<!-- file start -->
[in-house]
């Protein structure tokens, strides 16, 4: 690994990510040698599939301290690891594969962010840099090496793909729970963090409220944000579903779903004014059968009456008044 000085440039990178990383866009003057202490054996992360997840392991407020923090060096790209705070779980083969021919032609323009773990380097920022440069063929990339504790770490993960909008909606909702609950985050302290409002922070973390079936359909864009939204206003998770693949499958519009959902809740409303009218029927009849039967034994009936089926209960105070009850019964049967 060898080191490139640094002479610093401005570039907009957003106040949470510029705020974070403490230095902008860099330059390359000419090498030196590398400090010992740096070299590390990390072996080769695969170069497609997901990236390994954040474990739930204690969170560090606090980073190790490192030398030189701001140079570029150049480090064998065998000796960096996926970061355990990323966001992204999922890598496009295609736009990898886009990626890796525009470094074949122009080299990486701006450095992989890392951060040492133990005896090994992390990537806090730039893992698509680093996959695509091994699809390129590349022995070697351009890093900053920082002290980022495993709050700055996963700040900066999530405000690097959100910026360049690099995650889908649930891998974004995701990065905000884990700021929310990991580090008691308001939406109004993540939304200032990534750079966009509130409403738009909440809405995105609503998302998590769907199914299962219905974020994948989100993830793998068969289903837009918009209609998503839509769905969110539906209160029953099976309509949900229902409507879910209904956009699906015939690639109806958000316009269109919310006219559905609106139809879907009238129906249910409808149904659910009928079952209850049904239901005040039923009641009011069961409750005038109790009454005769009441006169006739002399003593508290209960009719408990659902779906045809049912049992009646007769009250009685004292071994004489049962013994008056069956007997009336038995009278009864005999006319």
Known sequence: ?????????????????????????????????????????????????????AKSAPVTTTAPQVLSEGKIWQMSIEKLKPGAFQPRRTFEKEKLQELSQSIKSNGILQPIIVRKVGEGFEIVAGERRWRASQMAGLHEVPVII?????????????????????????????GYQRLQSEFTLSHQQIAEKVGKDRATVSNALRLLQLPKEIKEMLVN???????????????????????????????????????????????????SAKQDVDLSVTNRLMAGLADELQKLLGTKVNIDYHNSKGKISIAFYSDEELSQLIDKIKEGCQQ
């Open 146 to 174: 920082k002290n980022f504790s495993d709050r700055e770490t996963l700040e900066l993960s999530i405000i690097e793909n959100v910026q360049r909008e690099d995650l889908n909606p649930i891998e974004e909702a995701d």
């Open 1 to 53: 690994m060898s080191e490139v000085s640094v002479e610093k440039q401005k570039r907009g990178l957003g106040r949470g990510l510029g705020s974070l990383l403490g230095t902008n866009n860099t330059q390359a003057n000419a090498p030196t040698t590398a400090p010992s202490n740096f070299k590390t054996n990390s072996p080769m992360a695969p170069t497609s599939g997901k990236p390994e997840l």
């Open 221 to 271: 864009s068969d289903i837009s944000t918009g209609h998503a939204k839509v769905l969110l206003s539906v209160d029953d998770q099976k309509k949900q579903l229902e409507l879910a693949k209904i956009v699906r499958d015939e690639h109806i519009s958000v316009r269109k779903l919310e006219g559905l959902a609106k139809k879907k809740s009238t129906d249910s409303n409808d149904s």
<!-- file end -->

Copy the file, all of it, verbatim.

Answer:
[in-house]
């Protein structure tokens, strides 16, 4: 690994990510040698599939301290690891594969962010840099090496793909729970963090409220944000579903779903004014059968009456008044 000085440039990178990383866009003057202490054996992360997840392991407020923090060096790209705070779980083969021919032609323009773990380097920022440069063929990339504790770490993960909008909606909702609950985050302290409002922070973390079936359909864009939204206003998770693949499958519009959902809740409303009218029927009849039967034994009936089926209960105070009850019964049967 060898080191490139640094002479610093401005570039907009957003106040949470510029705020974070403490230095902008860099330059390359000419090498030196590398400090010992740096070299590390990390072996080769695969170069497609997901990236390994954040474990739930204690969170560090606090980073190790490192030398030189701001140079570029150049480090064998065998000796960096996926970061355990990323966001992204999922890598496009295609736009990898886009990626890796525009470094074949122009080299990486701006450095992989890392951060040492133990005896090994992390990537806090730039893992698509680093996959695509091994699809390129590349022995070697351009890093900053920082002290980022495993709050700055996963700040900066999530405000690097959100910026360049690099995650889908649930891998974004995701990065905000884990700021929310990991580090008691308001939406109004993540939304200032990534750079966009509130409403738009909440809405995105609503998302998590769907199914299962219905974020994948989100993830793998068969289903837009918009209609998503839509769905969110539906209160029953099976309509949900229902409507879910209904956009699906015939690639109806958000316009269109919310006219559905609106139809879907009238129906249910409808149904659910009928079952209850049904239901005040039923009641009011069961409750005038109790009454005769009441006169006739002399003593508290209960009719408990659902779906045809049912049992009646007769009250009685004292071994004489049962013994008056069956007997009336038995009278009864005999006319």
Known sequence: ?????????????????????????????????????????????????????AKSAPVTTTAPQVLSEGKIWQMSIEKLKPGAFQPRRTFEKEKLQELSQSIKSNGILQPIIVRKVGEGFEIVAGERRWRASQMAGLHEVPVII?????????????????????????????GYQRLQSEFTLSHQQIAEKVGKDRATVSNALRLLQLPKEIKEMLVN???????????????????????????????????????????????????SAKQDVDLSVTNRLMAGLADELQKLLGTKVNIDYHNSKGKISIAFYSDEELSQLIDKIKEGCQQ
């Open 146 to 174: 920082k002290n980022f504790s495993d709050r700055e770490t996963l700040e900066l993960s999530i405000i690097e793909n959100v910026q360049r909008e690099d995650l889908n909606p649930i891998e974004e909702a995701d």
């Open 1 to 53: 690994m060898s080191e490139v000085s640094v002479e610093k440039q401005k570039r907009g990178l957003g106040r949470g990510l510029g705020s974070l990383l403490g230095t902008n866009n860099t330059q390359a003057n000419a090498p030196t040698t590398a400090p010992s202490n740096f070299k590390t054996n990390s072996p080769m992360a695969p170069t497609s599939g997901k990236p390994e997840l």
């Open 221 to 271: 864009s068969d289903i837009s944000t918009g209609h998503a939204k839509v769905l969110l206003s539906v209160d029953d998770q099976k309509k949900q579903l229902e409507l879910a693949k209904i956009v699906r499958d015939e690639h109806i519009s958000v316009r269109k779903l919310e006219g559905l959902a609106k139809k879907k809740s009238t129906d249910s409303n409808d149904s």